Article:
Aquaculture for all

Invasive comb jellyfish pose no threat to young cod

Cod Welfare +1 more

The direct threat from the killer warty comb jellyfish to the Baltic cod population has been shown not to be so serious after all. Even though the invasive killer jelly feeds constantly, cod eggs seem not to be on the menu. In fact, if they accidentally swallow an egg, they even throw it up again.

The warty comb jellyfish, scientific name Mnemiopsis leidyi, has gained a bad reputation as an invasive species. Introduced into the Black Sea via ballast water in the 1980’s, its arrival, coinciding as it did with over-fishing and excessive nutrient loading, was cited as partly to blame for the fact that fish were disappearing and fishermen were losing their livelihoods.

So when Mnemiopsis suddenly appeared in the Baltic Sea, people feared the worst for our ecosystem.

“Very little is known about jellyfish in general and Mnemiopsis in particular other than that the killer jellyfish can reproduce and multiply very fast if there is enough food around. We also know that jellyfish generally eat fish eggs and so it obviously created a lot of worry when scientists from National Institute of Aquatic Resources in Denmark (DTU Aqua) and IFM Geomar, Kiel discovered the invader in exactly the same spots in the Baltic Sea as where cod spawn,” says Cornelia Jaspers, PhD student at DTU Aqua, who has just published new and promising results about the feeding habits of the invasive jellyfish Mnemiopsis in the leading American scientific journal “Limnology and Oceanography” with her co-authors Josefin Titelman, Lars Johan Hansson, Matilda Haraldsson and Christine Røllike Ditlefsen.

Hungry Jellies

By studying and filming Mnemiopsis in large containers at salinity levels and water temperatures equivalent to the environment found in the deep water in the Bornholm Basin in the Baltic Sea where cod spawn, she has investigated how Mnemiopsis reacts to cod eggs and larvae. The results are good news for the Baltic’s highly prized stocks of cod. Even though the invasive jellyfish feed non-stop, they are apparently not particularly keen on cod eggs.

“Even after having been starved for 24 hours, the jellies did not display any attack response to cod eggs even though they were completely surrounded by eggs. We showed that eggs did not trigger the normal attack reflex in jellies where they close their lobes around their prey like a kind of cage. This might be due to the lack of a hydrodynamic signal, the egg structure or its texture. In comparison, Mnemiopsis reacts to cod larvae and produces the normal attack response,” says Cornelia Jaspers.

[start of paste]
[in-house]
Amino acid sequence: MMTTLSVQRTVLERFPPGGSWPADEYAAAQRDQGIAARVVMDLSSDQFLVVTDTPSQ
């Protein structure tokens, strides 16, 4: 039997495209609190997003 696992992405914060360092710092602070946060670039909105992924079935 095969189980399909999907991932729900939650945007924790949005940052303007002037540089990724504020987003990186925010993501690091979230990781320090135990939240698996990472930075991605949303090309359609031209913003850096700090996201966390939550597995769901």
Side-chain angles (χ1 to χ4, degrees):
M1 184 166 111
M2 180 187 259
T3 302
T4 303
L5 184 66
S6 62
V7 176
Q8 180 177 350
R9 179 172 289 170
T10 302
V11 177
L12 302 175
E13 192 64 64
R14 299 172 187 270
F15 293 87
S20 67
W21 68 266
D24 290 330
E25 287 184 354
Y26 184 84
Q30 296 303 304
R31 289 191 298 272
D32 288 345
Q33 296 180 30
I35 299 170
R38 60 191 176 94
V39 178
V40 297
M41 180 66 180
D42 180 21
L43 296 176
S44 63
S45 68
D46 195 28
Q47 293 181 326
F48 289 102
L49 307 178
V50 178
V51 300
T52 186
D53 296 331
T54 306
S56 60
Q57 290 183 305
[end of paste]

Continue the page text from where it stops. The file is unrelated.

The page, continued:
No to eggs, yes to fish

To be certain that Mnemiopsis was actively feeding under the experimental conditions, they were fed with a mix of cod eggs and a primitive type of water crab, Artemia salina which is widely used as fish food. Mnemiopsis immediately started feeding voraciously on Artemia but not on the cod eggs.

“Each time the jellies came near enough to the Artemia crabs, they ate them. In fact there were no cases where Mnemiopsis did not eat Artemia, while in 15 per cent of the cases the jellies did not eat cod larvae offered to them and in 40 per cent of the cases they did not feed at all even though they were surrounded by cod eggs,” explains the DTU Aqua scientist.

Larvae swim away

Even though Mnemiopsis eats cod larvae, the larvae have a big advantage over the eggs - they can swim away.

“We find cod eggs and Mnemiopsis at the same depth in the most important spawning area, but four days after the cod larvae are hatched they swim up to nearer the surface in order to hunt for food. They do this as they have eaten the yolk sack “lunch pack” they get from their mother and which they feed on during the first days after hatching. In this way the cod larvae also move away from the area where the comb jellyfish are,” the scientist says.


In order to feed, Mnemiopsis reacts to its prey by closing its body around it like a kind of “cage”. In addition the jelly produces a small current in the water, which moves the food within this “cage” towards the mouth, where it is scanned for goodies. Therefore, in a few cases during the experiment, Mnemiopsis accidentally caught an egg in its food current. But surprisingly, these were vomited out again.

“In 8 out of 10 cases, Mnemiopsis vomited the cod eggs out again. Even after being in the jelly stomach for three days, cod eggs were not digested but regurgitated, which indicates that they have problems digesting cod eggs from the Baltic Sea. In comparison cod larvae were digested succesfully after they were caught ,” explains Cornelia Jaspers.

The researcher will not however completely write off the comb jellyfish as a problem for cod based purely on this experiment.

"Even though the invasive killer jellies do not eat the cod offspring directly, it might still pose an indirect threat, since they are both competing for the same food resources. In addition Mnemiopsis can reproduce when they are 2 weeks old, combining male and female sexes in one animal (hermaphrodite) and can produce 12,000 eggs per day. Therefore, one jelly can turn into an awful lot of hungry jellies in an incredibly short time,” says Cornelia Jaspers.

February 2011

Create an account now to keep reading

It'll only take a second and we'll take you right back to what you were reading. The best part? It's free.

Already have an account? Sign in here